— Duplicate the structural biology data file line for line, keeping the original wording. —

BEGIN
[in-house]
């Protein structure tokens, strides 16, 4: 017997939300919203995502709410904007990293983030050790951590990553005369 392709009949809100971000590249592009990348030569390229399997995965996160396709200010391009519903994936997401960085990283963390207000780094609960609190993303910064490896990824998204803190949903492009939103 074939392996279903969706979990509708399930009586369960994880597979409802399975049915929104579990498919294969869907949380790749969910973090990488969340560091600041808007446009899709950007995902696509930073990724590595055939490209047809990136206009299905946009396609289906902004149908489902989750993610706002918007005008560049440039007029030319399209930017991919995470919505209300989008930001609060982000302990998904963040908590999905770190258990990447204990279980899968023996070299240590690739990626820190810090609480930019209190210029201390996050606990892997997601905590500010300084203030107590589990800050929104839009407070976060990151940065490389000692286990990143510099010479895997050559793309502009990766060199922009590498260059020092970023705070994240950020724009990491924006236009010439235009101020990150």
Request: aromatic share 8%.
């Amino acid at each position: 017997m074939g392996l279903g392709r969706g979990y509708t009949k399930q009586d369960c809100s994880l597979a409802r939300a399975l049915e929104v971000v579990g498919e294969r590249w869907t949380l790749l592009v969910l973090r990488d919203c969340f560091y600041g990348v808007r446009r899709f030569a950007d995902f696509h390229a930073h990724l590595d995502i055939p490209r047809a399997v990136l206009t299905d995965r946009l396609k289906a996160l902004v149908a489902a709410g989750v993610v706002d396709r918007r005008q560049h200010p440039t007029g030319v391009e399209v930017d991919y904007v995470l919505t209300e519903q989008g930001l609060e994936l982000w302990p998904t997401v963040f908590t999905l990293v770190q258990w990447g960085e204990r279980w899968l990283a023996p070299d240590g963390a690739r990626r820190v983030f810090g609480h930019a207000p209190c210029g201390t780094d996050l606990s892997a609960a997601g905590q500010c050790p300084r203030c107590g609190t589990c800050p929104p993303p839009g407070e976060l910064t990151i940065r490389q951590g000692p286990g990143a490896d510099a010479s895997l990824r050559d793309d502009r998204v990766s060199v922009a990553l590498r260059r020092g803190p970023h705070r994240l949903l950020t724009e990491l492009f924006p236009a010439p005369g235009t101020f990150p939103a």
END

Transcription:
[in-house]
């Protein structure tokens, strides 16, 4: 017997939300919203995502709410904007990293983030050790951590990553005369 392709009949809100971000590249592009990348030569390229399997995965996160396709200010391009519903994936997401960085990283963390207000780094609960609190993303910064490896990824998204803190949903492009939103 074939392996279903969706979990509708399930009586369960994880597979409802399975049915929104579990498919294969869907949380790749969910973090990488969340560091600041808007446009899709950007995902696509930073990724590595055939490209047809990136206009299905946009396609289906902004149908489902989750993610706002918007005008560049440039007029030319399209930017991919995470919505209300989008930001609060982000302990998904963040908590999905770190258990990447204990279980899968023996070299240590690739990626820190810090609480930019209190210029201390996050606990892997997601905590500010300084203030107590589990800050929104839009407070976060990151940065490389000692286990990143510099010479895997050559793309502009990766060199922009590498260059020092970023705070994240950020724009990491924006236009010439235009101020990150």
Request: aromatic share 8%.
């Amino acid at each position: 017997m074939g392996l279903g392709r969706g979990y509708t009949k399930q009586d369960c809100s994880l597979a409802r939300a399975l049915e929104v971000v579990g498919e294969r590249w869907t949380l790749l592009v969910l973090r990488d919203c969340f560091y600041g990348v808007r446009r899709f030569a950007d995902f696509h390229a930073h990724l590595d995502i055939p490209r047809a399997v990136l206009t299905d995965r946009l396609k289906a996160l902004v149908a489902a709410g989750v993610v706002d396709r918007r005008q560049h200010p440039t007029g030319v391009e399209v930017d991919y904007v995470l919505t209300e519903q989008g930001l609060e994936l982000w302990p998904t997401v963040f908590t999905l990293v770190q258990w990447g960085e204990r279980w899968l990283a023996p070299d240590g963390a690739r990626r820190v983030f810090g609480h930019a207000p209190c210029g201390t780094d996050l606990s892997a609960a997601g905590q500010c050790p300084r203030c107590g609190t589990c800050p929104p993303p839009g407070e976060l910064t990151i940065r490389q951590g000692p286990g990143a490896d510099a010479s895997l990824r050559d793309d502009r998204v990766s060199v922009a990553l590498r260059r020092g803190p970023h705070r994240l949903l950020t724009e990491l492009f924006p236009a010439p005369g235009t101020f990150p939103a």